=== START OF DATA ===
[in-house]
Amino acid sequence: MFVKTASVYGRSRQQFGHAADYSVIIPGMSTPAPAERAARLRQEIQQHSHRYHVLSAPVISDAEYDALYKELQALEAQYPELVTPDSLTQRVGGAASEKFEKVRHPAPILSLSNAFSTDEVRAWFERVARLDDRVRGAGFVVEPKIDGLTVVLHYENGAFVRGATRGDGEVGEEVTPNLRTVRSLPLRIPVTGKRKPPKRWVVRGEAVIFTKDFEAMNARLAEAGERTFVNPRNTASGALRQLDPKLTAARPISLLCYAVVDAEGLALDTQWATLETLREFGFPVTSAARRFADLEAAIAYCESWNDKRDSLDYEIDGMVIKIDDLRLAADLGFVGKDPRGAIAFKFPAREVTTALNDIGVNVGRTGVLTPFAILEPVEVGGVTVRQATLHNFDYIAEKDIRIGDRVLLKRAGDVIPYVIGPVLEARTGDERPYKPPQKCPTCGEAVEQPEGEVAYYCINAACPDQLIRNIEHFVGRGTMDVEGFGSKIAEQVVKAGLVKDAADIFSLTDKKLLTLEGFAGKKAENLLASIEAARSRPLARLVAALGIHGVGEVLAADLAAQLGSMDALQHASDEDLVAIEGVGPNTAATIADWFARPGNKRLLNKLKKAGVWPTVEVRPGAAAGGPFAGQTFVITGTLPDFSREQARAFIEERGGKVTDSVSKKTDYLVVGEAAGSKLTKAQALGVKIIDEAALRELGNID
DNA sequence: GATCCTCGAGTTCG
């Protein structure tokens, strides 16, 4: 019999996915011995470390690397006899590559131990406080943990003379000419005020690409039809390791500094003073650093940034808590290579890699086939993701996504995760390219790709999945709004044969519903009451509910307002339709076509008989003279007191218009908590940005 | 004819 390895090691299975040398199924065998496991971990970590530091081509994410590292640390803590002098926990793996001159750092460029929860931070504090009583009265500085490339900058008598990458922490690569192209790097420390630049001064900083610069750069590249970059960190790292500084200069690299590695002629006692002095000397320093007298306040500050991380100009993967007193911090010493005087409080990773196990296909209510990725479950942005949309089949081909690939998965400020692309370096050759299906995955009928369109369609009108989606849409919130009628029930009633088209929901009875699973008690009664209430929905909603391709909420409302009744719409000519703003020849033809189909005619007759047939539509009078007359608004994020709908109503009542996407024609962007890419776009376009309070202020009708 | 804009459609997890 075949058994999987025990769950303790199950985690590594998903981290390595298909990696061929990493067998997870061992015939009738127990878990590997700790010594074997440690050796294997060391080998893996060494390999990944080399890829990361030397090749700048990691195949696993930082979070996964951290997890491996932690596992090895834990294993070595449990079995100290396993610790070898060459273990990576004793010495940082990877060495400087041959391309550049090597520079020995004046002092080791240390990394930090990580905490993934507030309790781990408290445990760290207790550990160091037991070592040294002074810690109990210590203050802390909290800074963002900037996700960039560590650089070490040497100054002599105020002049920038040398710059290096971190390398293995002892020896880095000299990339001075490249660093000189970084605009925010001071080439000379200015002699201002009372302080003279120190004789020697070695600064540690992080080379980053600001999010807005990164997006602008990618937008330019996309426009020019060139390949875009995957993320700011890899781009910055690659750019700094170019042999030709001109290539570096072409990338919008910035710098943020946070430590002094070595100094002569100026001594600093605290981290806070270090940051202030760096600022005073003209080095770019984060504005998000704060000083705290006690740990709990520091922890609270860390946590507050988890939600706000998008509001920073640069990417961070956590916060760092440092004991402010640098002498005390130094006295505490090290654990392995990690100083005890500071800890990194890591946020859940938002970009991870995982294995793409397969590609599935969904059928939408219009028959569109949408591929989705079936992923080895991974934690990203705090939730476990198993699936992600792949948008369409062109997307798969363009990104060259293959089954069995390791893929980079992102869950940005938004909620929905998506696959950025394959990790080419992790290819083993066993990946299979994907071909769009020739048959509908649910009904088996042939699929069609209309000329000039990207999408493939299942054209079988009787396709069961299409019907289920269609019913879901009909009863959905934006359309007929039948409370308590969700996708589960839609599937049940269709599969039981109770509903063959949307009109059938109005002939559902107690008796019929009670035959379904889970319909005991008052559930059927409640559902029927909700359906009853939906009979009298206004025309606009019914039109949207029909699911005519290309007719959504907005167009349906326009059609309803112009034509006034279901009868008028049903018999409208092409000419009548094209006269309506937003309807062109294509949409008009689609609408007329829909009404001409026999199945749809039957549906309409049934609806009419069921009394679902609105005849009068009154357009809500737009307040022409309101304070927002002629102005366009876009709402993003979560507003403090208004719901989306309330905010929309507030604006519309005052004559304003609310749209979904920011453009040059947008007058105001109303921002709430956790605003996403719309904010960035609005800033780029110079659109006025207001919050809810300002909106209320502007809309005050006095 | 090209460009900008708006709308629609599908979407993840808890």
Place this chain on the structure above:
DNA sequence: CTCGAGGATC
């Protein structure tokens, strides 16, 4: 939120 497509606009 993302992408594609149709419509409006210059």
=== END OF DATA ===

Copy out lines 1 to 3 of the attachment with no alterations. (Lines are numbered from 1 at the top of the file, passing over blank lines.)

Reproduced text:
[in-house]
Amino acid sequence: MFVKTASVYGRSRQQFGHAADYSVIIPGMSTPAPAERAARLRQEIQQHSHRYHVLSAPVISDAEYDALYKELQALEAQYPELVTPDSLTQRVGGAASEKFEKVRHPAPILSLSNAFSTDEVRAWFERVARLDDRVRGAGFVVEPKIDGLTVVLHYENGAFVRGATRGDGEVGEEVTPNLRTVRSLPLRIPVTGKRKPPKRWVVRGEAVIFTKDFEAMNARLAEAGERTFVNPRNTASGALRQLDPKLTAARPISLLCYAVVDAEGLALDTQWATLETLREFGFPVTSAARRFADLEAAIAYCESWNDKRDSLDYEIDGMVIKIDDLRLAADLGFVGKDPRGAIAFKFPAREVTTALNDIGVNVGRTGVLTPFAILEPVEVGGVTVRQATLHNFDYIAEKDIRIGDRVLLKRAGDVIPYVIGPVLEARTGDERPYKPPQKCPTCGEAVEQPEGEVAYYCINAACPDQLIRNIEHFVGRGTMDVEGFGSKIAEQVVKAGLVKDAADIFSLTDKKLLTLEGFAGKKAENLLASIEAARSRPLARLVAALGIHGVGEVLAADLAAQLGSMDALQHASDEDLVAIEGVGPNTAATIADWFARPGNKRLLNKLKKAGVWPTVEVRPGAAAGGPFAGQTFVITGTLPDFSREQARAFIEERGGKVTDSVSKKTDYLVVGEAAGSKLTKAQALGVKIIDEAALRELGNID
DNA sequence: GATCCTCGAGTTCG